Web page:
As the great John Adams once said, “ Whenever there is an office that is not full, there is a vacancy… All such appointments, to be sure, must be nominated to the Senate at their next session, and subject to their ultimate decision. I have no doubt that it is my right and duty to make these appointments.” Adams Letter to his secretary of war, James McHenry, 1799.” Adams believed that it is his duty to perform these appointments. If he cannot accomplish these “duties” than whoever is preventing him from doing these duties should be held responsible and the methods they are using should be deemed unconstitutional. That is why the President should be allowed to fill vacancies during intrasession recesses of Congress, because otherwise, Congress can stall him from making any appointments almost indefinitely. The times have since changed. It’s time for the Executive branch to be on par with the Legislative branch in this instance. The strength and success of our Government lies with our checks and balances system. We, as Americans have for many generations, have put all our faith into this system praying that it works and continues to serve it. The moment that one branch is allowed significant power over another one when they used to have the same power on this topic, is the moment that our checks and balances system fails.

 

The NLRB needed those appointments by President Obama in order to make rulings. If nobody is appointed because of the Legislatures blockage of this from happening, than the NLRB is pretty much useless, as the debate is saying now that without at least three members on the NLRB, they cannot possibly make a good decision, and the decision they made with two members is void. The D.C. district court ruled that there cannot be intrasession recess appointments, even though this has been practiced before, and that they can only fill vacancies that come up DURING the recess, and not during the prior session. So what this means is that if someone becomes vacant during a session of Congress, and the Congress wants to stall the appointments until the end of Obama’s presidency, than that vacant position will remain vacant for this whole time. That is ridiculous and completely usurps the power of the Executive branch on this topic, and prevents the branch from governing the people.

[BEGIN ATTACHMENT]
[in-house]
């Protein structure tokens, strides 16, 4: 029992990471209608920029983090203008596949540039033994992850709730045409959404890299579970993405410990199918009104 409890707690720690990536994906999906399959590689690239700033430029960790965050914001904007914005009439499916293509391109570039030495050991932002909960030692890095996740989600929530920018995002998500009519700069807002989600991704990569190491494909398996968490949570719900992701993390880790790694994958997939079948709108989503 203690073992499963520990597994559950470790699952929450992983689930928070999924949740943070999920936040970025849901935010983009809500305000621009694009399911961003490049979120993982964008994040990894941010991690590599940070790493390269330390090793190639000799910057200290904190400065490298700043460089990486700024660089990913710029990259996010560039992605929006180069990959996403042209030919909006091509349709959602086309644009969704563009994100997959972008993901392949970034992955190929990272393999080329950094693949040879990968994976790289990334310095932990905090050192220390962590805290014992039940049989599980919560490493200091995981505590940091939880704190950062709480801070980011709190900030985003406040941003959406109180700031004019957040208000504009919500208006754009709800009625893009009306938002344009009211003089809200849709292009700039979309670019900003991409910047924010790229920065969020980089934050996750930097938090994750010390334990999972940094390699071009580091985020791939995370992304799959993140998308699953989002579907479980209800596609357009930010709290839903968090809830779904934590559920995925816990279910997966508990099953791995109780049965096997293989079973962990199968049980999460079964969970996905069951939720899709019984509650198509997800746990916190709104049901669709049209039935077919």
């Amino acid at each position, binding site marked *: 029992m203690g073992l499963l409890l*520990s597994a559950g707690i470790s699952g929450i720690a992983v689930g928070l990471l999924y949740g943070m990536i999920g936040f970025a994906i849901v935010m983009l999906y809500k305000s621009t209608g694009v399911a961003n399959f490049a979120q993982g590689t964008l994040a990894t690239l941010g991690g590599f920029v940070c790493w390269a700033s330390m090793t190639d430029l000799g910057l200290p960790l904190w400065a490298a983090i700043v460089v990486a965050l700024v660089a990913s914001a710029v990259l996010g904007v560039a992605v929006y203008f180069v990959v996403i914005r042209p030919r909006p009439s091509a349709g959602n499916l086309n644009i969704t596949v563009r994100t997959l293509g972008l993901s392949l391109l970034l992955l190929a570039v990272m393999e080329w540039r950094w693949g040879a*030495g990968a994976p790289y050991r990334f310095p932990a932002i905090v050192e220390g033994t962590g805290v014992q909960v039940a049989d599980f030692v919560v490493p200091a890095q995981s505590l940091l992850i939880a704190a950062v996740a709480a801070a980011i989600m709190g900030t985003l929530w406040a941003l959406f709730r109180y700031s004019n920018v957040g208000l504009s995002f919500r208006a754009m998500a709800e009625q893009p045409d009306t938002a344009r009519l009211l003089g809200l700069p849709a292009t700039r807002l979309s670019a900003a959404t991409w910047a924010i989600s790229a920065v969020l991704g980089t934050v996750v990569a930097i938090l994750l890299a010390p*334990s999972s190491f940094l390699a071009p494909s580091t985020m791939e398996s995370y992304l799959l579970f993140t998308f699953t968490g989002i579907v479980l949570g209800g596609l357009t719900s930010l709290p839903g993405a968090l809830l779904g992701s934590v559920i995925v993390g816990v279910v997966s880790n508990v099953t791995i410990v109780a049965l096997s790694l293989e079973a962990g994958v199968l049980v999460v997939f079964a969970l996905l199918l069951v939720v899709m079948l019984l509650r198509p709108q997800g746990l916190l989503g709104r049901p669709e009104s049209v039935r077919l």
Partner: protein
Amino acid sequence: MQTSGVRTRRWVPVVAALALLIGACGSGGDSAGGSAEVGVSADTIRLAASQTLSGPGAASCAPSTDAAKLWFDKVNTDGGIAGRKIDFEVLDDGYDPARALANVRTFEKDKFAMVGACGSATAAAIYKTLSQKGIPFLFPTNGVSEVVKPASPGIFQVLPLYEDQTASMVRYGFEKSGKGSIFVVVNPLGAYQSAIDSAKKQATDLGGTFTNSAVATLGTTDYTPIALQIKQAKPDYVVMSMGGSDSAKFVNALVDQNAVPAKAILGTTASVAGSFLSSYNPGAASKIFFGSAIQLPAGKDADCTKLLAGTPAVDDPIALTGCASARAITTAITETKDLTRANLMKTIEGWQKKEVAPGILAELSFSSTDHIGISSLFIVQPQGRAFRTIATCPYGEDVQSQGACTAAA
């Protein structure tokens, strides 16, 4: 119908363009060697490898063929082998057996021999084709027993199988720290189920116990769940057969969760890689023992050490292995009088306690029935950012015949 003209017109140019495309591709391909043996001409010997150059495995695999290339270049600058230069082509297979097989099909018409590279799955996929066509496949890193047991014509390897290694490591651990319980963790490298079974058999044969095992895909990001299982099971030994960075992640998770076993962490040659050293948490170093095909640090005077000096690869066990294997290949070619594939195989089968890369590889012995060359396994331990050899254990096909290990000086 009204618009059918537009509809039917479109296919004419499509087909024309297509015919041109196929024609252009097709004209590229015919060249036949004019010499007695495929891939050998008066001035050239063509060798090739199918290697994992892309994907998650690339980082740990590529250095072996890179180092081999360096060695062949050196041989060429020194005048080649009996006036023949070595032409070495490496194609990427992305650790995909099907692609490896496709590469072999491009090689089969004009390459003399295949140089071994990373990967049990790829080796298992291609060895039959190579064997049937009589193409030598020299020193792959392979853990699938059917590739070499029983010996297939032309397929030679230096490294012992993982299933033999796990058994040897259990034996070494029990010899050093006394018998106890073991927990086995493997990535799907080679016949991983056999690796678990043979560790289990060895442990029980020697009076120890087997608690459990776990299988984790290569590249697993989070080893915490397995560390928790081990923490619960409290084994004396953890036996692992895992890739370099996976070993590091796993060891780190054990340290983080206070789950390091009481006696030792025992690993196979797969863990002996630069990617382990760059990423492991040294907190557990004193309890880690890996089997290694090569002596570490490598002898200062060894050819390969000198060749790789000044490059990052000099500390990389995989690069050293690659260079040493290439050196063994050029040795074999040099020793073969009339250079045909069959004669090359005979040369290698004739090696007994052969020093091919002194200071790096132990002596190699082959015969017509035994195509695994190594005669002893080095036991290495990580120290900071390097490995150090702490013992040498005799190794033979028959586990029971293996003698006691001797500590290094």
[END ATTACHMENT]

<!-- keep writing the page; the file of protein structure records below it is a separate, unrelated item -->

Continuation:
The President is in a sticky situation when vacancies arise and he is unable to fill those vacancies because of the Legislatures doing. That is why there has to be a change made. The President should be allowed to make appointments during intrasession recesses because that is the best chance he will get in todays world, where the practice of filibustering and pro-forma sessions are so commonplace. If he cannot do this, than the balance of power domino effect has already begun. If he is not allowed to fill vacancies that arose during the session of Congress, than many important things, like decisions that are huge, won’t be able to be completed. The Senate is currently allowed to use the pro-forma sessions whenever they can get the house to not allow them to convene for a recess. This is upsetting the balance, and therefore unconstitutional as it undermines the President’s powers in the appointment process, thus giving the upper hand to Congress. Therefore, since Congress is allowed to use pro-forma sessions to block the President’s power, than the President should be allowed to make appointments during intrasession recesses, and the United States Court of Appeals for the D.C. Circuit’s decision in NLRB v. Noel Canning should be reversed to ensure that the President has the power given to him by the Constitution and so that he can govern his country to full effectiveness.